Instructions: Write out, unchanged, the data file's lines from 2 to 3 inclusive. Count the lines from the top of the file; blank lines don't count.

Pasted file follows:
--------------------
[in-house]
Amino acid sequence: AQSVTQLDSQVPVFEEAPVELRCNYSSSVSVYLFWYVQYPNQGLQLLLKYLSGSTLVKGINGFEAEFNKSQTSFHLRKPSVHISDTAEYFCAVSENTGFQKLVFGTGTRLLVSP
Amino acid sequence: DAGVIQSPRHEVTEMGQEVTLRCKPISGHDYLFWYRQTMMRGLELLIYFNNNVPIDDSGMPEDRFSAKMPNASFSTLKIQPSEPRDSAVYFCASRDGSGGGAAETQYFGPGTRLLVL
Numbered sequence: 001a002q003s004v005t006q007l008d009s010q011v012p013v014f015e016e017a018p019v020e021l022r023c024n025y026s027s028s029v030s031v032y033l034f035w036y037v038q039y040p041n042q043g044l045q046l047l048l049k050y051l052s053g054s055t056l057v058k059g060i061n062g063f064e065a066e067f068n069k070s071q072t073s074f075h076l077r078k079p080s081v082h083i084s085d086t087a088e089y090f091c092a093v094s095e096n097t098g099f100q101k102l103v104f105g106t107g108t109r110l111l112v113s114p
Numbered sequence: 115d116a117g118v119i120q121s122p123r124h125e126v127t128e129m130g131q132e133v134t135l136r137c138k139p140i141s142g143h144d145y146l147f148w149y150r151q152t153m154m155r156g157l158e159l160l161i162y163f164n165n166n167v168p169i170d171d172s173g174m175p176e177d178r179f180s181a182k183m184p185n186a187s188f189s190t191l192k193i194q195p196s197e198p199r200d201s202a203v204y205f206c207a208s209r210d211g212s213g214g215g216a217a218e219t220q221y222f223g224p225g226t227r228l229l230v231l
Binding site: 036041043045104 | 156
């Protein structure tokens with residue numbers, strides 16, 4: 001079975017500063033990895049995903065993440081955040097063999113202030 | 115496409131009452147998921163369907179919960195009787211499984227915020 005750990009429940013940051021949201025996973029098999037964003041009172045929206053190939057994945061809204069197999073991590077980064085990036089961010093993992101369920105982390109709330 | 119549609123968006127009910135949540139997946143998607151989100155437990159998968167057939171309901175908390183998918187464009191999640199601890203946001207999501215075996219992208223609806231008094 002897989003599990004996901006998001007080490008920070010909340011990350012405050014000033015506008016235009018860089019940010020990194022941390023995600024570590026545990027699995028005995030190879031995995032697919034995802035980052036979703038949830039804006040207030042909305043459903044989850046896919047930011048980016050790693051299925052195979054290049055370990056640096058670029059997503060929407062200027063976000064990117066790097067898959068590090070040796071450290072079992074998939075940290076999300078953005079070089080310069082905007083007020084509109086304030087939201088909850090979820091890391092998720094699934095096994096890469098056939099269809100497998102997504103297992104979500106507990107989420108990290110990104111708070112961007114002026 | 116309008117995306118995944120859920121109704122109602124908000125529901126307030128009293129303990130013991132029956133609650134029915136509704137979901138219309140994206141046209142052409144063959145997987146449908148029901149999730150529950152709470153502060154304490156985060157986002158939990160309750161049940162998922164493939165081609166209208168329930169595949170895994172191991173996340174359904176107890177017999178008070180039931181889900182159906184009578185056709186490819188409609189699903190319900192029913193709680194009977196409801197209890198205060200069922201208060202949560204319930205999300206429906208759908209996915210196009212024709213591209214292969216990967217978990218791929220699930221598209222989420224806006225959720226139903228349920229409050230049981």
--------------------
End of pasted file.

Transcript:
Amino acid sequence: AQSVTQLDSQVPVFEEAPVELRCNYSSSVSVYLFWYVQYPNQGLQLLLKYLSGSTLVKGINGFEAEFNKSQTSFHLRKPSVHISDTAEYFCAVSENTGFQKLVFGTGTRLLVSP
Amino acid sequence: DAGVIQSPRHEVTEMGQEVTLRCKPISGHDYLFWYRQTMMRGLELLIYFNNNVPIDDSGMPEDRFSAKMPNASFSTLKIQPSEPRDSAVYFCASRDGSGGGAAETQYFGPGTRLLVL